TRAI proposals weaken telcos

Our Bureau | | Updated on: Feb 12, 2011

Telecom stocks Idea Cellular and Bharti Airtel closed the day in the red, Idea slipping by 2.19 per cent to close at Rs 64.85 on the BSE and Airtel sliding 2.8 per cent to close at Rs 323.05, as the Telecom Regulatory Authority of India's new recommendations on 2G spectrum pricing will force mobile operators to pay hefty amounts for spectrum they are holding.

One-time spectrum fee

The TRAI recommendations regarding incremental licence fees to be paid by operators for 2G spectrum is sure to raise a storm if implemented, say market experts.

Though the one-time spectrum fee is expected to raise Rs 16,000 crore for the exchequer, it is easier said than done, said experts. “Companies like Bharti Airtel and Idea would rather spend on capex with respect to adding towers, cell sites and operating expenditure rather than paying an incremental licence fee,” said a telecom analyst at a large Indian brokerage.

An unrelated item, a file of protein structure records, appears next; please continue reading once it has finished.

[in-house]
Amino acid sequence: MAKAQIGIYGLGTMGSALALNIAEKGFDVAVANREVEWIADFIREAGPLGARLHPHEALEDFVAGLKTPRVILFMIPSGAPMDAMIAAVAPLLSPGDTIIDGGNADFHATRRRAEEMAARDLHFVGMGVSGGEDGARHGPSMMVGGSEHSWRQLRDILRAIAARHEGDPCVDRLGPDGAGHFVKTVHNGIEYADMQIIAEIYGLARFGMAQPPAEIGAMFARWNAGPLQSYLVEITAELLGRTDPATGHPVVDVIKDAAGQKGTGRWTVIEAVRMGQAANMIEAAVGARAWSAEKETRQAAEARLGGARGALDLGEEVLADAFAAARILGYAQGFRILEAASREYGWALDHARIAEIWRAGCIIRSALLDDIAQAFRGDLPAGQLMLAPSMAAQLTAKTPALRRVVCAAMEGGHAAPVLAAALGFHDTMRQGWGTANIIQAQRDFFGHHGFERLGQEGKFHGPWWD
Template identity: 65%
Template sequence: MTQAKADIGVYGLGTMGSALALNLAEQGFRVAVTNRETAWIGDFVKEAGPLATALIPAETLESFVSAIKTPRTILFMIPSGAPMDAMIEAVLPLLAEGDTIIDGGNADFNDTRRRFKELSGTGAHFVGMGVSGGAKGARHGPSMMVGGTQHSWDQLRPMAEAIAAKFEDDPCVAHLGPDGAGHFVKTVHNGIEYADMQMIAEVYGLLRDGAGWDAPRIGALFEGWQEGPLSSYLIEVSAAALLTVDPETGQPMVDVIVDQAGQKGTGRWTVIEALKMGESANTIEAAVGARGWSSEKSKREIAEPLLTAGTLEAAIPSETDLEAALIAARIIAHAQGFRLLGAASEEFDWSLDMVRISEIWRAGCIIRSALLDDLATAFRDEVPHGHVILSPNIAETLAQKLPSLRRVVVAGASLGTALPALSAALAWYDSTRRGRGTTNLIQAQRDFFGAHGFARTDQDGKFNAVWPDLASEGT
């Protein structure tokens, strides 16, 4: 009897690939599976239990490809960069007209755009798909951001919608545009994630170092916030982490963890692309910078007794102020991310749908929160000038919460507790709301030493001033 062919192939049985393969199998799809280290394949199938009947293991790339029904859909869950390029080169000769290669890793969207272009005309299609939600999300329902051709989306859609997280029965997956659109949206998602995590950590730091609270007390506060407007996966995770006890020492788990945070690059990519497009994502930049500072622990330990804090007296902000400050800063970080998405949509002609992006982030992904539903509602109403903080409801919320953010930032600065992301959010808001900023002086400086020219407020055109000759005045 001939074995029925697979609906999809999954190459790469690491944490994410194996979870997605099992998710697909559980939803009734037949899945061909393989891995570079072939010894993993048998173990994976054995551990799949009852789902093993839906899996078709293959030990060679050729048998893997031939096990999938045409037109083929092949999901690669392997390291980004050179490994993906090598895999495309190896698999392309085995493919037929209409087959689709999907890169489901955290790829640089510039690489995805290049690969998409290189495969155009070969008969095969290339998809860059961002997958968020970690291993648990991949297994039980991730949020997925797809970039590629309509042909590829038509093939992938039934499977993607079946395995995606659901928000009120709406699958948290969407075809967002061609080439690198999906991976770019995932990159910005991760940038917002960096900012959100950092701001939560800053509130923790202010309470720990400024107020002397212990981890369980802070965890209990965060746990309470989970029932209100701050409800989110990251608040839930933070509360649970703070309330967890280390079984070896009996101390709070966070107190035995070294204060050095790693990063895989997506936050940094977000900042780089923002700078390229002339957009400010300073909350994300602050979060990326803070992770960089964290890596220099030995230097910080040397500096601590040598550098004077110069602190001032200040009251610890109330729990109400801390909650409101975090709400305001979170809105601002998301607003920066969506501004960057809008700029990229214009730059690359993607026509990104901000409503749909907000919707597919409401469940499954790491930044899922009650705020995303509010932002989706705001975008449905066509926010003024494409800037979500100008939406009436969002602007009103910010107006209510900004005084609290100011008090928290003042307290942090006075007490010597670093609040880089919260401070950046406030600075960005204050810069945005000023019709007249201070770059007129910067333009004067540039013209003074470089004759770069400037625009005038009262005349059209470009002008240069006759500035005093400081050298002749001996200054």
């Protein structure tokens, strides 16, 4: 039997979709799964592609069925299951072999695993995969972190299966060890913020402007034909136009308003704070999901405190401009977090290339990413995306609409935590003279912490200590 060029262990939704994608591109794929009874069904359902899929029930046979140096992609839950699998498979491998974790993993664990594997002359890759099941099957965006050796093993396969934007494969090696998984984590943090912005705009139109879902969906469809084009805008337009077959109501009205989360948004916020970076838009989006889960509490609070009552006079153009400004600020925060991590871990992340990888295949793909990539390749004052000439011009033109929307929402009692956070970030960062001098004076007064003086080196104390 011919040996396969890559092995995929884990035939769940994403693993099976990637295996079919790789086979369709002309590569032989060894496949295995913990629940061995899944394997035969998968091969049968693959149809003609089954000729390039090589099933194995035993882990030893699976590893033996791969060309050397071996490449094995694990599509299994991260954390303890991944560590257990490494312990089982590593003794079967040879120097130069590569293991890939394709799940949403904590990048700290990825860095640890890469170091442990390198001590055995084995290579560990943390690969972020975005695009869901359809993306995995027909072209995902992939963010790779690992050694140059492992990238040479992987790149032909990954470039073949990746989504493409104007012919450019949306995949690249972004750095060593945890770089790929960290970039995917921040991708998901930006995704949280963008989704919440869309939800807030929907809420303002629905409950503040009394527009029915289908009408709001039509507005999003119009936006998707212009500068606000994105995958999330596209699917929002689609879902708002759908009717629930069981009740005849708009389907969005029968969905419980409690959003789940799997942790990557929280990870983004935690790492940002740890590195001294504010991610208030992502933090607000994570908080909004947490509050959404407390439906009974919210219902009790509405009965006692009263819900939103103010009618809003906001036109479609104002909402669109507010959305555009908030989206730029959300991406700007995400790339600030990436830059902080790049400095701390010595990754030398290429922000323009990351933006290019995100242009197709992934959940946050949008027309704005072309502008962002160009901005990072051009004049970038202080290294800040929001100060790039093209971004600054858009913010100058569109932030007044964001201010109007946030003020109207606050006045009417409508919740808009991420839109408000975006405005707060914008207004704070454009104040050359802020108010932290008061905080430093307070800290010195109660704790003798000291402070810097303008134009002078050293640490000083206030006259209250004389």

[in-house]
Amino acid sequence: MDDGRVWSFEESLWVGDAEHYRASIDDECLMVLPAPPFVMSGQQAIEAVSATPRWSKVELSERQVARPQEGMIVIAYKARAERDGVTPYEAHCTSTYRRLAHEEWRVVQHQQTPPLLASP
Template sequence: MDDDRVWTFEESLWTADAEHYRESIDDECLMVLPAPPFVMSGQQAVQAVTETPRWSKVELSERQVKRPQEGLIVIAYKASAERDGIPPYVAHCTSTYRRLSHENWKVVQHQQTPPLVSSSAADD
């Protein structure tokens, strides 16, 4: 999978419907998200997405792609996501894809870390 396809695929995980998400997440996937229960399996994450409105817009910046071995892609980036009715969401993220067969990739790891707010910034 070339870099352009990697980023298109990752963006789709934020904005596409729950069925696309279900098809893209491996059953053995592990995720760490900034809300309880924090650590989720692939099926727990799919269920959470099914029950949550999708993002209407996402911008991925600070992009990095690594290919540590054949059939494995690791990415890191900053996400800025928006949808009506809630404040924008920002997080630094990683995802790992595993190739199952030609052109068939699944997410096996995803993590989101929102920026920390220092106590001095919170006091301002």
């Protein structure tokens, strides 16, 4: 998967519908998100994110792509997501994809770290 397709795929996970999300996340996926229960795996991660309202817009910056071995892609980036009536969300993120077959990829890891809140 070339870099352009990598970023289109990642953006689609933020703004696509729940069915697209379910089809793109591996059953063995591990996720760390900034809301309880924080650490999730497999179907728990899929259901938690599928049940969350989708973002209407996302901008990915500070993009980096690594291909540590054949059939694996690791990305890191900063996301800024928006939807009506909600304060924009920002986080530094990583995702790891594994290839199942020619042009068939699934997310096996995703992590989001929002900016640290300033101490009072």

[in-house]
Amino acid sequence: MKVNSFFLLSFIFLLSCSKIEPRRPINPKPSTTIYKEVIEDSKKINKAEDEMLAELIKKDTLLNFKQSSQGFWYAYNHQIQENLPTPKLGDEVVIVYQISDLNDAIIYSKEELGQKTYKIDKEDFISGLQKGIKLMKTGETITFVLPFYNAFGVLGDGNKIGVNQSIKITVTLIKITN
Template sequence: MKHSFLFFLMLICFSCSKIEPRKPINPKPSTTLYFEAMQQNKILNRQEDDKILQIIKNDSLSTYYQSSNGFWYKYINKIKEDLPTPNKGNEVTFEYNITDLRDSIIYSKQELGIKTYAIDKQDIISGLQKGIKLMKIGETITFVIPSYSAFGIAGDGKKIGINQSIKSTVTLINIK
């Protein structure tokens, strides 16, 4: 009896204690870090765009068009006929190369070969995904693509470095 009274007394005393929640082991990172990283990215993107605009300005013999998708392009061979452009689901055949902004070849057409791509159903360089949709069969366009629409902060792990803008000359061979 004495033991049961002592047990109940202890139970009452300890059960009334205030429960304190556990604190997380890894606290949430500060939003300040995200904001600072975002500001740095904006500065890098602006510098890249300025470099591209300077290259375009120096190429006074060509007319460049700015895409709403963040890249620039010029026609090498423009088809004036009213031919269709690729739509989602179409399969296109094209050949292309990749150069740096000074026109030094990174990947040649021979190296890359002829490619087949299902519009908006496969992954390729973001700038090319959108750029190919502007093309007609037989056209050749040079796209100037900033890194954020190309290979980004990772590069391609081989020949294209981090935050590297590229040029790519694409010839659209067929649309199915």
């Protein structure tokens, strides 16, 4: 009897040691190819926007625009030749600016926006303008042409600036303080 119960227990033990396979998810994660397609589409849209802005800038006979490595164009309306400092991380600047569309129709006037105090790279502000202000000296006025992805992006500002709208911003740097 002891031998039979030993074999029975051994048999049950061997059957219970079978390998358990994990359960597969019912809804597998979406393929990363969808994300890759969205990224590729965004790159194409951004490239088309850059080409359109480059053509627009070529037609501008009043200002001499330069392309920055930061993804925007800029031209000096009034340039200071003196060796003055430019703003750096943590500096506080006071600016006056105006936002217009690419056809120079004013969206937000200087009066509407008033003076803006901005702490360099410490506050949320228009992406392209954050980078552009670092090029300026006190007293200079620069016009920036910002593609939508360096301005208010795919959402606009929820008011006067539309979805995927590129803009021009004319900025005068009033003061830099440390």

“This is all the more significant because 30–35 per cent of this one-time payout would be applicable for operators in the metros,” he added.

It is a known fact that the lower frequencies used by service providers give coverage over a larger area, while at higher frequencies, the area covered is smaller. “This has a bearing on the capital expenditure and operating expenditure of telcos,” said a telecom analyst at another Indian brokerage.

The reason why foreign players could not participate in the 3G auction was because the 5 Mhz spectrum allocated per player is not enough by itself to seamlessly carry voice and data. Hence those players which had existing 2G networks had an advantage over the others, said experts.

Though the TRAI proposal to cancel licences would free some existing spectrum, and the increased supply of spectrum will lead to a fall in spectrum prices, said analysts.

Regulatory concerns

As regulatory concerns on this sector loom large, it would continue to put off investors, they said. Spectrum quality is a pre-requisite for efficient cost structures in this business. With margins already having dropped from 40 per cent to 33 per cent for large telcos due to competition, any further change in the spectrum mix would only have a negative impact on long-term profitability, said experts.

Published on February 10, 2011
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